Brisbane’s Murdoch-owned tabloid The Courier-Mail has shown that those in the communication business aren’t always the best at communicating, as The Bug’s Wayne Kerr reports.
Check out the front page of Monday’s edition of The Courier-Mail (main picture above) with a headline screaming about those who come from interstate or from across the seas that girt our land to share in our boundless plains – you know, the ones that abound in nature’s gifts of beauty rich and rare.
The front page contained a short pointer to two stories on population and migration issues spread across pages eight and nine (pictured).
One of them, written by the paper’s federal political editor Renee Viellaris, detailed what parts of Queensland new arrivals head for when they get here.
Her story was based on statistics given “exclusively” to The Courier-Mail and mentioned a population strategy being developed by Prime Minister Scott Morrison.
The link between the “exclusive” provision of the stats, the purpose of encouraging a story on population and migration in the wake of public debate over pressures on infrastructure and services let alone refugees, plus the PM’s political strategy for the expected May election is a whole other story, so let’s not go there.
But let’s note the second story on pages eight and nine – the one about the Queensland Government’s own plans to work with local councils to send new arrivals to regional areas.
The story by the paper’s federal political reporter Steven Scott listed some of the bush towns where migrants and even refugees would be directed to toil with hearts and hands.
The take-away info from both stories is that – for whatever reasons – both levels of government seem to be seeking to ease pressure on metro areas by boosting regional centres and therefore regional economies.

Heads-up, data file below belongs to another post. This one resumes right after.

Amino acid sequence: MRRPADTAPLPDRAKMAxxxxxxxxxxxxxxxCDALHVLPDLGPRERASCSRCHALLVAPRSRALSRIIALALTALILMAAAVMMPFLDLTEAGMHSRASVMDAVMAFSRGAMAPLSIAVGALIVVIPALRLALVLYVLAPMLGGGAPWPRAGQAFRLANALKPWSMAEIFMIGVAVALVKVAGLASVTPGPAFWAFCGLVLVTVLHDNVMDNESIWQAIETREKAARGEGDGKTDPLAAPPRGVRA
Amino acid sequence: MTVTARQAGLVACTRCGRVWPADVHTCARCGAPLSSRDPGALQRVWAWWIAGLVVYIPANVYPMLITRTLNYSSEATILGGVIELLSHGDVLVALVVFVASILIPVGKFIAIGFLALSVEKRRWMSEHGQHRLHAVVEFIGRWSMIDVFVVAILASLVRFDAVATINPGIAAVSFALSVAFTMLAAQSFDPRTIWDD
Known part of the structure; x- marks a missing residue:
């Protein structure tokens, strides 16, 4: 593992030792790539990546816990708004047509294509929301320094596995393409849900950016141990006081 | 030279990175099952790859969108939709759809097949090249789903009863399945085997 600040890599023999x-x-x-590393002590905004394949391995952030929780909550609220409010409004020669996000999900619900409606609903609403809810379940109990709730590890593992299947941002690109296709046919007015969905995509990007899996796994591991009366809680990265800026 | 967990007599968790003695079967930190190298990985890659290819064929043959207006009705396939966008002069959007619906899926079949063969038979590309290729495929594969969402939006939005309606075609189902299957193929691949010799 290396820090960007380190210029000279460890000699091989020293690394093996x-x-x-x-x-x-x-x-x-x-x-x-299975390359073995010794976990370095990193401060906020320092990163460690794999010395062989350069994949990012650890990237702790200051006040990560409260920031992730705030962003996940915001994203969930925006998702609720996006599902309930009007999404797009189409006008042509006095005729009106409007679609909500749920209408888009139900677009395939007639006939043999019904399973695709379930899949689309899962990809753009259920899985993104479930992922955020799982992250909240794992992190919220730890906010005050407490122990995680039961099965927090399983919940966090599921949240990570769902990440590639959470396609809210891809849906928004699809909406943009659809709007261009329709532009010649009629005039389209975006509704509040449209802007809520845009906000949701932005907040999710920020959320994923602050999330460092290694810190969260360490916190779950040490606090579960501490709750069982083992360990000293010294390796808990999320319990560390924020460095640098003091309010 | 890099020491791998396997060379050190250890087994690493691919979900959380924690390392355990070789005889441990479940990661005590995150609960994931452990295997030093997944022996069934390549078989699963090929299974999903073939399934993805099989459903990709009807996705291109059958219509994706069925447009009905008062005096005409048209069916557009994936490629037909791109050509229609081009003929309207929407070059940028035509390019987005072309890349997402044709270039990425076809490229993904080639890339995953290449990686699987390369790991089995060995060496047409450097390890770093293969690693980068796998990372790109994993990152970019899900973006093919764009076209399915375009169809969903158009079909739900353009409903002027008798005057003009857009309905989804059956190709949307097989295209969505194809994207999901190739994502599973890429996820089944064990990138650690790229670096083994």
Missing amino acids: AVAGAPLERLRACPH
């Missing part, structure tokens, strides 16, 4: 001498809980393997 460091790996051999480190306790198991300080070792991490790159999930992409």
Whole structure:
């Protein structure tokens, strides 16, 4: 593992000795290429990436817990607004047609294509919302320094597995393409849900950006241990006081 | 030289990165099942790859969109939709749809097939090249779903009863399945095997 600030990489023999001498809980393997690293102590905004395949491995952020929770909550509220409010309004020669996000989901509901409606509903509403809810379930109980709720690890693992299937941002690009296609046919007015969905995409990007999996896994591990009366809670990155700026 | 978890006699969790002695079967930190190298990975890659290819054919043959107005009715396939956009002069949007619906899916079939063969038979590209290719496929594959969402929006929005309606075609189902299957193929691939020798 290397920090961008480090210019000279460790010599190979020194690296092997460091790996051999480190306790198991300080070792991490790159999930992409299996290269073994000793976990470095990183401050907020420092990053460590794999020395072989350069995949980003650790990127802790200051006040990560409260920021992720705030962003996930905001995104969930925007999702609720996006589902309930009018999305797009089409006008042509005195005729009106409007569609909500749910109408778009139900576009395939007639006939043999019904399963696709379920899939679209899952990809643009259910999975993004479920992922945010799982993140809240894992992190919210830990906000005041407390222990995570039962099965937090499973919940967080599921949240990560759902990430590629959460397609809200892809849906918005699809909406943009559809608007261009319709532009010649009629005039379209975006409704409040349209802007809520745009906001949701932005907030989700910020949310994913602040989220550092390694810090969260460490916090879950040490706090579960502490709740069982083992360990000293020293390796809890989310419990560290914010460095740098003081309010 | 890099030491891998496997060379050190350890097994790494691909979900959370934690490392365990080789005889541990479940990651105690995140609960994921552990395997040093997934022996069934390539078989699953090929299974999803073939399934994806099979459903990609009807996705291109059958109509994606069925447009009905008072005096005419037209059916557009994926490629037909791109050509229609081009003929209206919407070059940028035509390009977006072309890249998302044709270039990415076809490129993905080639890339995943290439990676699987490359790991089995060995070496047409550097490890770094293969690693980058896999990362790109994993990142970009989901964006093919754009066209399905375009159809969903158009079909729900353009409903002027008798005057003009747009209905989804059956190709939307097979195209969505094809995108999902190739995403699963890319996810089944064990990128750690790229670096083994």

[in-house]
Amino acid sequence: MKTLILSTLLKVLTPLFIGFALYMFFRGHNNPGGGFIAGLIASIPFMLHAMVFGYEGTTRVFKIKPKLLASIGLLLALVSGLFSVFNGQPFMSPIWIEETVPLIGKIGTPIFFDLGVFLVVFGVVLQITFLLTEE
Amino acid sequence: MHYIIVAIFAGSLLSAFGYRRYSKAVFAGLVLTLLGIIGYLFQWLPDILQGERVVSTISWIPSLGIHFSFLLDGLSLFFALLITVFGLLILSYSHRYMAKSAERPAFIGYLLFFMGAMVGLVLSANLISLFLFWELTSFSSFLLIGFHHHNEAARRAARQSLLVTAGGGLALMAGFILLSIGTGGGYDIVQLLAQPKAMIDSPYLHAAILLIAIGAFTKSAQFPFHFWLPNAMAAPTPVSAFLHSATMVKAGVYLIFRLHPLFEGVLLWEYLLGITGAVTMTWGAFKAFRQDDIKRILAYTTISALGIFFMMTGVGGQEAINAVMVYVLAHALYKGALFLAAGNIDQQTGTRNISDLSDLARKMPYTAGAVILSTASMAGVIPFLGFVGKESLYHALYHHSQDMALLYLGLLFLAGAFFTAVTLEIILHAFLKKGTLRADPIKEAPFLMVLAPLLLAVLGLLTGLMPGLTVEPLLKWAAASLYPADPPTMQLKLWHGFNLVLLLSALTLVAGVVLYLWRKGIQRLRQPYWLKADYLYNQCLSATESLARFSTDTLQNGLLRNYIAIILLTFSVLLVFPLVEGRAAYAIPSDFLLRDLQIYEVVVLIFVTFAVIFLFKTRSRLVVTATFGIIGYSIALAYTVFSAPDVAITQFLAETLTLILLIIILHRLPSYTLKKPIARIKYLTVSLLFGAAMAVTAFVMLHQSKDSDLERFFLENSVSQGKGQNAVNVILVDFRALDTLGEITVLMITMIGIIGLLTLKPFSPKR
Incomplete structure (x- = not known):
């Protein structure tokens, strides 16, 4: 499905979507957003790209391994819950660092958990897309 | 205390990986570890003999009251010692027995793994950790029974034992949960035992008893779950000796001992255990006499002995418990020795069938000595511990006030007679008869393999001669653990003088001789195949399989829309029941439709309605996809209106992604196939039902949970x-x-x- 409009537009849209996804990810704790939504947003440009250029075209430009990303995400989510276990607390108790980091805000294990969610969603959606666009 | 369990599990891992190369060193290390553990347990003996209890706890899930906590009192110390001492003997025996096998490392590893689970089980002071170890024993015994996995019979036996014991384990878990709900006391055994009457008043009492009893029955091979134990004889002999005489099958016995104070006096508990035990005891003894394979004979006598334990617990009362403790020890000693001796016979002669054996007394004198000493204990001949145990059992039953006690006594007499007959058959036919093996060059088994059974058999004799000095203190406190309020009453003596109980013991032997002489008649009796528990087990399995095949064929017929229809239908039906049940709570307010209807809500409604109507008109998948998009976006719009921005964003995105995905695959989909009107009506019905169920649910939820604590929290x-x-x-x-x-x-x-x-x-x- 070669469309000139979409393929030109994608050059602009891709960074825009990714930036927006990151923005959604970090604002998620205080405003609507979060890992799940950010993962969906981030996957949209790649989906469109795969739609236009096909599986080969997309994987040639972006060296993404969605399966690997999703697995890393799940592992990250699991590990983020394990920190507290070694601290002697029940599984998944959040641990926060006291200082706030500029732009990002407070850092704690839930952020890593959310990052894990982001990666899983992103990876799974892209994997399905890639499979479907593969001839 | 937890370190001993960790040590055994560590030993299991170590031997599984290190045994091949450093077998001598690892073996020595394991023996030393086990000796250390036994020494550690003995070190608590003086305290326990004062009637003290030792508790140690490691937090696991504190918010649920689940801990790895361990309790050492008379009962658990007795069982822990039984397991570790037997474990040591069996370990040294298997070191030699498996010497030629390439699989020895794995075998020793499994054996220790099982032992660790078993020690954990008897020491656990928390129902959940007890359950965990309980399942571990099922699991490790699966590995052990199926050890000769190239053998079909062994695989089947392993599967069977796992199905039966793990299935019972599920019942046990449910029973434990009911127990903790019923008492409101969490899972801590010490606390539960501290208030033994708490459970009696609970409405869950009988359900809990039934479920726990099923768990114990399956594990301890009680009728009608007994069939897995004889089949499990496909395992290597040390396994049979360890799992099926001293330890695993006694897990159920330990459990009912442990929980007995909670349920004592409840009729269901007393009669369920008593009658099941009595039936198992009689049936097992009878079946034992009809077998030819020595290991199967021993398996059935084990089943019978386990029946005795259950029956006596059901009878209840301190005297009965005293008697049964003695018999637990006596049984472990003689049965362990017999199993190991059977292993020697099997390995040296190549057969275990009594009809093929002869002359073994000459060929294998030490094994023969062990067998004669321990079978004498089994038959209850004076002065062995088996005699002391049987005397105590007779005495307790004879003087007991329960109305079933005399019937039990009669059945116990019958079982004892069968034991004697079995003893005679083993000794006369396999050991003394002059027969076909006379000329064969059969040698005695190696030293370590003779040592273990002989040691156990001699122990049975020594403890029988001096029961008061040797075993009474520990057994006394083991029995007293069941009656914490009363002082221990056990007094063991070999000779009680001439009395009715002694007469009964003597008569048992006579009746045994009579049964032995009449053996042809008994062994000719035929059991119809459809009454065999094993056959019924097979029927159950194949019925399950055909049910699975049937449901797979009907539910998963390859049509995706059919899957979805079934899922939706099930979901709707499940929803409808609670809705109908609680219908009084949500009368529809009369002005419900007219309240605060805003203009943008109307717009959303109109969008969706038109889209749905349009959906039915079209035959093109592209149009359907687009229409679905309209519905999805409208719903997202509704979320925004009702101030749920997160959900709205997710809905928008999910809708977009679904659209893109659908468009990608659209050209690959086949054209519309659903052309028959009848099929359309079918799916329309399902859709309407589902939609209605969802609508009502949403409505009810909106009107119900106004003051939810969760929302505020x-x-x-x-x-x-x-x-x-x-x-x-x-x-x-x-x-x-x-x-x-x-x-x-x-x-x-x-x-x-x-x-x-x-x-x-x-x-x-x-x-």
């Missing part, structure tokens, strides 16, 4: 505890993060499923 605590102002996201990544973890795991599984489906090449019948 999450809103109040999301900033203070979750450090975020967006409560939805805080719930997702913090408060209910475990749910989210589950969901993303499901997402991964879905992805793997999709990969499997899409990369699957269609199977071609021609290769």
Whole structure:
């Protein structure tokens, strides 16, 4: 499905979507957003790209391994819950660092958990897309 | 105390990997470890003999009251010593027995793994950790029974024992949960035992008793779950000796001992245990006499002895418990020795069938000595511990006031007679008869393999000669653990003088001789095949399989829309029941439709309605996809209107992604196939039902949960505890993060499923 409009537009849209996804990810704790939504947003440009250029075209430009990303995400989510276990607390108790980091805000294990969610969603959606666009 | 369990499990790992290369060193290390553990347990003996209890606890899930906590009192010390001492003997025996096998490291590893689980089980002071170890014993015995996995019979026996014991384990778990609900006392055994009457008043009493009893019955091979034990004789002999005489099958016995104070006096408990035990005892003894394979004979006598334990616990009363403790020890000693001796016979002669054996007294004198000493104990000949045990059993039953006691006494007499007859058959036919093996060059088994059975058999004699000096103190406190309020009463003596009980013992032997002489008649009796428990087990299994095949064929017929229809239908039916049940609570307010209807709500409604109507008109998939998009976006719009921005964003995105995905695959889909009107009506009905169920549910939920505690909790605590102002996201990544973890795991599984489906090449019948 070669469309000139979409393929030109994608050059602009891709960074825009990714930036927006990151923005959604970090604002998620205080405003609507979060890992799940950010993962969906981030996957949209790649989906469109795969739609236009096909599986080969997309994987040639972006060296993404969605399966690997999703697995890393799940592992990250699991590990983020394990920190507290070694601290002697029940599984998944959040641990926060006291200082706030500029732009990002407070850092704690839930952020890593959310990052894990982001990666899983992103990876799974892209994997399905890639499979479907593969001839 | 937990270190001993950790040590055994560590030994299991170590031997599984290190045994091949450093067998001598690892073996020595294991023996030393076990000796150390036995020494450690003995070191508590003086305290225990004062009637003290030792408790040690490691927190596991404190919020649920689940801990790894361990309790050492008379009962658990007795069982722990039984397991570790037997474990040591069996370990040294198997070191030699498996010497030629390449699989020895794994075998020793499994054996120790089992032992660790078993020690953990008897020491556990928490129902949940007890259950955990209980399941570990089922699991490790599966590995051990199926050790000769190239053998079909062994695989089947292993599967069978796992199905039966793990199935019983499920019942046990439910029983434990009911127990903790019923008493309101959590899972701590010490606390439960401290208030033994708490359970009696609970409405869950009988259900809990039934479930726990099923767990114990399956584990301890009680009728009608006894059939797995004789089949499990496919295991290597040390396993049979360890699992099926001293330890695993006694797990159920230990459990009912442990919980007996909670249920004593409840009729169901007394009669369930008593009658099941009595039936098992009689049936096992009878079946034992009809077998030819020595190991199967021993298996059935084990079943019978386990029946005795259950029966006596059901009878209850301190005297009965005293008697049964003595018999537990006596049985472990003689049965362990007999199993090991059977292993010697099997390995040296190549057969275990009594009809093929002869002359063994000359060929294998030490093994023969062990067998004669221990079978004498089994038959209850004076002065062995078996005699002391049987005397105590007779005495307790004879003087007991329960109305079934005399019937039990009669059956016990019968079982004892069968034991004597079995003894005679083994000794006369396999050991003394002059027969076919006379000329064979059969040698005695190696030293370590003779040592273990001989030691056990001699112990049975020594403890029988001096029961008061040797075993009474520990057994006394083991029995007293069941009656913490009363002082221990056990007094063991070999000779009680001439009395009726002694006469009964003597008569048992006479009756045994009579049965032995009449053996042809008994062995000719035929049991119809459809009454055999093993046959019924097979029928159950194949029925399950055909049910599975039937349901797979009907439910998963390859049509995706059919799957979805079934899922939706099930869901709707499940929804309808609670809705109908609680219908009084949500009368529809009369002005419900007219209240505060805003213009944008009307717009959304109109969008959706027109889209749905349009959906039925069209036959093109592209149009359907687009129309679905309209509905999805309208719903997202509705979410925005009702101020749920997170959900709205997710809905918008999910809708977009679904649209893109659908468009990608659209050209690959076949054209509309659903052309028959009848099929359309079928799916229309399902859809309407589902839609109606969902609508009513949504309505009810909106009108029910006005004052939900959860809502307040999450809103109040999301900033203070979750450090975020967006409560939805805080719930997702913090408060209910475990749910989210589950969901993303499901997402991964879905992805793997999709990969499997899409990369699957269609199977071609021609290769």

All well and good. Message received.
But wait, what’s this on page 15?
It’s a report on a Courier-Mail investigation revealing the higher costs faced by those living in regional communities across Queensland compared with their metro cousins for basics like food and groceries (pictured).
The paper’s research showed anything from carrots, milk, bread, biscuits, canned tuna, and bottled instant coffee are consistently dearer than in metropolitan stores. Even a packet of one of our national icons, Aeroplane Jelly, costs $1.00 more than in the big smoke.
It’s a worthy story that the reporters who complied it must have worked on for some little time.
It’s also a story that somewhat undercuts the stories on pages one, eight and nine.
Yet the story that shows a downside to the “send them to the regions” stories runs isolated from the others by five pages.
Surely someone at The Courier-Mail might have thought they were linked and should run together?
You know, the old “good news/bad news” thing.
Apparently not. Or, if they did, they didn’t communicate their thought effectively enough.